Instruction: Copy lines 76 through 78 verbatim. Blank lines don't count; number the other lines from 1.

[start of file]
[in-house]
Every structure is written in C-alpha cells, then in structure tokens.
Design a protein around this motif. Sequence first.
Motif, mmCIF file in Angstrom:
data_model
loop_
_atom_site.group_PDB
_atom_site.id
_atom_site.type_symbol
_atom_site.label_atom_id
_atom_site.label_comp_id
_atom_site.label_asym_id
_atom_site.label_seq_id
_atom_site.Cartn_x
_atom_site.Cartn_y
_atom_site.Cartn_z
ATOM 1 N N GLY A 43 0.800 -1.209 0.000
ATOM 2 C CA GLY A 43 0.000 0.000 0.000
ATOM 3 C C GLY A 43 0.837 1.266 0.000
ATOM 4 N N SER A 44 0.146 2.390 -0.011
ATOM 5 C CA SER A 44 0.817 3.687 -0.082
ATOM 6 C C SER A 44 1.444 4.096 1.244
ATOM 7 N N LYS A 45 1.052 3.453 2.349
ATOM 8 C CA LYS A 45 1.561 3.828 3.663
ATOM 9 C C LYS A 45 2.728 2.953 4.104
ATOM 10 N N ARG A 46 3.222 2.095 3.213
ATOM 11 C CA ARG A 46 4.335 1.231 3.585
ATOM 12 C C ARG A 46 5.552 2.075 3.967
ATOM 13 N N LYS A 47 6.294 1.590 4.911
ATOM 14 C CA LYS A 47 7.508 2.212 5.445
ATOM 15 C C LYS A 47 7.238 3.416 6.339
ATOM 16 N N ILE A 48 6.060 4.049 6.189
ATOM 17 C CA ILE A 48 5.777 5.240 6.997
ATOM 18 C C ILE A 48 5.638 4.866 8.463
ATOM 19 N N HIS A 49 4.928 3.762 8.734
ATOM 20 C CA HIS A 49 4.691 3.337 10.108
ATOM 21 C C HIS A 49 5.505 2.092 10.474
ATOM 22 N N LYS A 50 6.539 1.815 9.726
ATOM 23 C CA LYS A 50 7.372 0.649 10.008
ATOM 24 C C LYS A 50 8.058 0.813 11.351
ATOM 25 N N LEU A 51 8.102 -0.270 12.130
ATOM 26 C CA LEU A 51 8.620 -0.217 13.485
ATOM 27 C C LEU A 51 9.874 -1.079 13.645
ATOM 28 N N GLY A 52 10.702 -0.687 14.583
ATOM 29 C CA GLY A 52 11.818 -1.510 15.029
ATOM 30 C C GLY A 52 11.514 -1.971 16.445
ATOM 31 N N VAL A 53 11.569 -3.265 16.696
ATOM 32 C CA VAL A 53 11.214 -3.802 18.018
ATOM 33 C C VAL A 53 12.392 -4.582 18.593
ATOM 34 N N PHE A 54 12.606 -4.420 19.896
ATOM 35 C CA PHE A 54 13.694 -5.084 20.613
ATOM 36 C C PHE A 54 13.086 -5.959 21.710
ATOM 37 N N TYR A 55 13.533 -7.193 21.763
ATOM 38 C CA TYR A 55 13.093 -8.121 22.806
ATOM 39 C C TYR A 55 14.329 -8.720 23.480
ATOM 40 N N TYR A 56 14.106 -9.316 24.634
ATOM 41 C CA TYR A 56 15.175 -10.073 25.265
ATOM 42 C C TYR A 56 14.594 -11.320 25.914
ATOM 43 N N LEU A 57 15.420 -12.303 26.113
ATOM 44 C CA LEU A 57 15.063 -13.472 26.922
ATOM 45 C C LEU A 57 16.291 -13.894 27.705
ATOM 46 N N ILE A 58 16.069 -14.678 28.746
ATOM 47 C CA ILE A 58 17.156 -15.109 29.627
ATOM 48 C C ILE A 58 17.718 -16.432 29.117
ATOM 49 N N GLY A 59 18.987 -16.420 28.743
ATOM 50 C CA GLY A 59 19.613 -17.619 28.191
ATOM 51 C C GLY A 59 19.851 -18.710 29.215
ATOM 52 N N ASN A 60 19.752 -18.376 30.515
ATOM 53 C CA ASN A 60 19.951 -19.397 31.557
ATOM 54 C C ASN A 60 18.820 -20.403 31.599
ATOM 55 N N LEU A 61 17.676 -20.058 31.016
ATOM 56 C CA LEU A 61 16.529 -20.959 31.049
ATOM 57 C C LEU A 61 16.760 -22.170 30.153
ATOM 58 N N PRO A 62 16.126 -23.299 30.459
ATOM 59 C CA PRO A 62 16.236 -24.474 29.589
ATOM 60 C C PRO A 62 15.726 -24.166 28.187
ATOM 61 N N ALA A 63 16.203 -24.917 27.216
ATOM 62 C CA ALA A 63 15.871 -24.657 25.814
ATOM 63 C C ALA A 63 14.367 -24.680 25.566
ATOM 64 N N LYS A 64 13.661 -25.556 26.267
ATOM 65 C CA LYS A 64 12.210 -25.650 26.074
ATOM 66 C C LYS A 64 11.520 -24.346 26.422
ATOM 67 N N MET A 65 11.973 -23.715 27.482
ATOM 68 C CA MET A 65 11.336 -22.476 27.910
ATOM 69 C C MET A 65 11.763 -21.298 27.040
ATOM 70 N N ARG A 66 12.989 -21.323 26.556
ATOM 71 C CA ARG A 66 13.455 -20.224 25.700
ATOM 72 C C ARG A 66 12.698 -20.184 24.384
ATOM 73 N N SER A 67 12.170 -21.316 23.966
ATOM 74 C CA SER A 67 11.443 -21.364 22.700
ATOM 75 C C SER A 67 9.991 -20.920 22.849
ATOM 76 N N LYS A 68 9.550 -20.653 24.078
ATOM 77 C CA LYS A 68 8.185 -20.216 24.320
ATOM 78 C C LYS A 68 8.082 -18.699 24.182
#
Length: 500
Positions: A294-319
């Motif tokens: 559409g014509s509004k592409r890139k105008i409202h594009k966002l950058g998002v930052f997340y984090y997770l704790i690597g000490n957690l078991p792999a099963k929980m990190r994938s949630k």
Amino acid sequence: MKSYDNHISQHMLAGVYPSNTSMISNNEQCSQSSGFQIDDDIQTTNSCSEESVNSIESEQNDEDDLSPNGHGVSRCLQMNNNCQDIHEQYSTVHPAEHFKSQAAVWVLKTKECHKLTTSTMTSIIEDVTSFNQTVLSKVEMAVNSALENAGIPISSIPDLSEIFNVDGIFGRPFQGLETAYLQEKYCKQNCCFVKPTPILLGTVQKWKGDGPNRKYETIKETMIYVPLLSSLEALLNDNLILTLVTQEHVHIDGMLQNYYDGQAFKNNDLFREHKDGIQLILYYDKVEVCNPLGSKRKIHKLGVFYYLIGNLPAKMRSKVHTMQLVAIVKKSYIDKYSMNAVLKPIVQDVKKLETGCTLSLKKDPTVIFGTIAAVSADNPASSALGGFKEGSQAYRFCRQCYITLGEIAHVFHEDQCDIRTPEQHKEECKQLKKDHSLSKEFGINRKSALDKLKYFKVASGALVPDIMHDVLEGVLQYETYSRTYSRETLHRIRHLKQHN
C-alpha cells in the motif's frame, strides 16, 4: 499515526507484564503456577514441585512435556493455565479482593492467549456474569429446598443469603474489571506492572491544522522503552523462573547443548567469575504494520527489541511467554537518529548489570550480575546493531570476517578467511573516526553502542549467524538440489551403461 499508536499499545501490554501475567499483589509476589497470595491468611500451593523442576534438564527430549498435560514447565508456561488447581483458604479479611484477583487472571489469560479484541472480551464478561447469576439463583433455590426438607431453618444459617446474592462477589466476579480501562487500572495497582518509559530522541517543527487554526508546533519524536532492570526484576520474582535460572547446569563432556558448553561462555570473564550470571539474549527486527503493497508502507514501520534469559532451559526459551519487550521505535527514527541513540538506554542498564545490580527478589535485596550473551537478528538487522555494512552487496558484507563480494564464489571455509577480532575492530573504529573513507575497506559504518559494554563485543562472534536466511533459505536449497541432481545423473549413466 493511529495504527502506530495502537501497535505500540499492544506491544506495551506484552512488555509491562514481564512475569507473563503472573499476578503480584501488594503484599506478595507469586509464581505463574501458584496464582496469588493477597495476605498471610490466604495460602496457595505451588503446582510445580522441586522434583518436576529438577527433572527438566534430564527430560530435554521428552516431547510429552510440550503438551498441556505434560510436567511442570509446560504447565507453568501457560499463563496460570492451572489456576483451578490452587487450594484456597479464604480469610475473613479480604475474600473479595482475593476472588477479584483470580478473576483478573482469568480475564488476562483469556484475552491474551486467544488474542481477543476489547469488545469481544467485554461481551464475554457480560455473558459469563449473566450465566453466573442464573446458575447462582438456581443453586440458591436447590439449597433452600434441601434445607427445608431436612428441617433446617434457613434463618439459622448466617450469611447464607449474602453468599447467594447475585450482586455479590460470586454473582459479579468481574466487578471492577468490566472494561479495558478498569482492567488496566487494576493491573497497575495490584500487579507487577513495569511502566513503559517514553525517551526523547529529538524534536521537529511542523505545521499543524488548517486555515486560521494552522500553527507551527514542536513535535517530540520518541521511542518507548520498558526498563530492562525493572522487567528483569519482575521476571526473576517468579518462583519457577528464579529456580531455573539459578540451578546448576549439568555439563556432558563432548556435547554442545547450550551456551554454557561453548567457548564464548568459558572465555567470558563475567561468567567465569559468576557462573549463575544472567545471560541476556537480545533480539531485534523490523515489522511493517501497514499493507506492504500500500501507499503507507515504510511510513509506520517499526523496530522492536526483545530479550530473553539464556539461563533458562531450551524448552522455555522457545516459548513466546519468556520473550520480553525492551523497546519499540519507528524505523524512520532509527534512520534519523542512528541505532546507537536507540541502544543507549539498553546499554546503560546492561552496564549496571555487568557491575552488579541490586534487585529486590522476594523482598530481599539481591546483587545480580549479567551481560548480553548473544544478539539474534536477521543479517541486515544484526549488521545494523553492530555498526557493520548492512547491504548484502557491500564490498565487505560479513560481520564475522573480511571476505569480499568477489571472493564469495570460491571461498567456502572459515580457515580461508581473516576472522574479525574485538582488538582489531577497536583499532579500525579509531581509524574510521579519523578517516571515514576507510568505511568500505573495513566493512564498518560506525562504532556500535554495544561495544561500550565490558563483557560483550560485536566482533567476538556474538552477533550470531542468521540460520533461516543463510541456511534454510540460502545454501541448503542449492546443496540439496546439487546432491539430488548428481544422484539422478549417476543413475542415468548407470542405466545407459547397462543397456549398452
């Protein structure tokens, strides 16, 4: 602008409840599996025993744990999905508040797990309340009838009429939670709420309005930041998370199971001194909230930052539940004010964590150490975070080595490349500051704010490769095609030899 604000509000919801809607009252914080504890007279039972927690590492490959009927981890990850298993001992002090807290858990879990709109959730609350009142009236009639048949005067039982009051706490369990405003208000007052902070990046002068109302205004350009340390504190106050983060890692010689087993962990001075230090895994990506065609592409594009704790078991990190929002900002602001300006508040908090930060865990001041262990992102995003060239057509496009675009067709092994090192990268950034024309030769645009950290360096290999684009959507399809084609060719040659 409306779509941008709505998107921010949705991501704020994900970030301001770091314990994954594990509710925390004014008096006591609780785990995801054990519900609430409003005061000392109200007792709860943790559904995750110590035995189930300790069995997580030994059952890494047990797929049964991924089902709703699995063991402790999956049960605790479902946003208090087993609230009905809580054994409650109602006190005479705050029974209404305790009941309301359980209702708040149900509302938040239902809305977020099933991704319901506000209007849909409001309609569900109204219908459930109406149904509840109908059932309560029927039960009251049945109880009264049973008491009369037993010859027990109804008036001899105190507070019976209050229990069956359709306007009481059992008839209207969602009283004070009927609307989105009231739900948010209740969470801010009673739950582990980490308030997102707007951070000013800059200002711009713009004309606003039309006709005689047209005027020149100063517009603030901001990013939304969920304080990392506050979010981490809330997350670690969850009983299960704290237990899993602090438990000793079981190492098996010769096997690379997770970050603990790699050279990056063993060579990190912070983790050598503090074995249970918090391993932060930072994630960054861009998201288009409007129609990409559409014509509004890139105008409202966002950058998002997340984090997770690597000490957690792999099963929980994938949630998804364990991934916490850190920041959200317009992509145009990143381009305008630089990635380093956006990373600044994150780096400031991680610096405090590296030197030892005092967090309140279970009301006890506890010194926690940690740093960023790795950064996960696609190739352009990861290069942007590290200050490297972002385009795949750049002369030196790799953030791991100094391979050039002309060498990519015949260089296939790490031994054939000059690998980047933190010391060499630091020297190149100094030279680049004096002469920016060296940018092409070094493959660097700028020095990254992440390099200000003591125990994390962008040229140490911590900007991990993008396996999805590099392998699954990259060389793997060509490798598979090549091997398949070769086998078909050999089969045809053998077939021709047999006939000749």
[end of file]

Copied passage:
ATOM 60 C C PRO A 62 15.726 -24.166 28.187
ATOM 61 N N ALA A 63 16.203 -24.917 27.216
ATOM 62 C CA ALA A 63 15.871 -24.657 25.814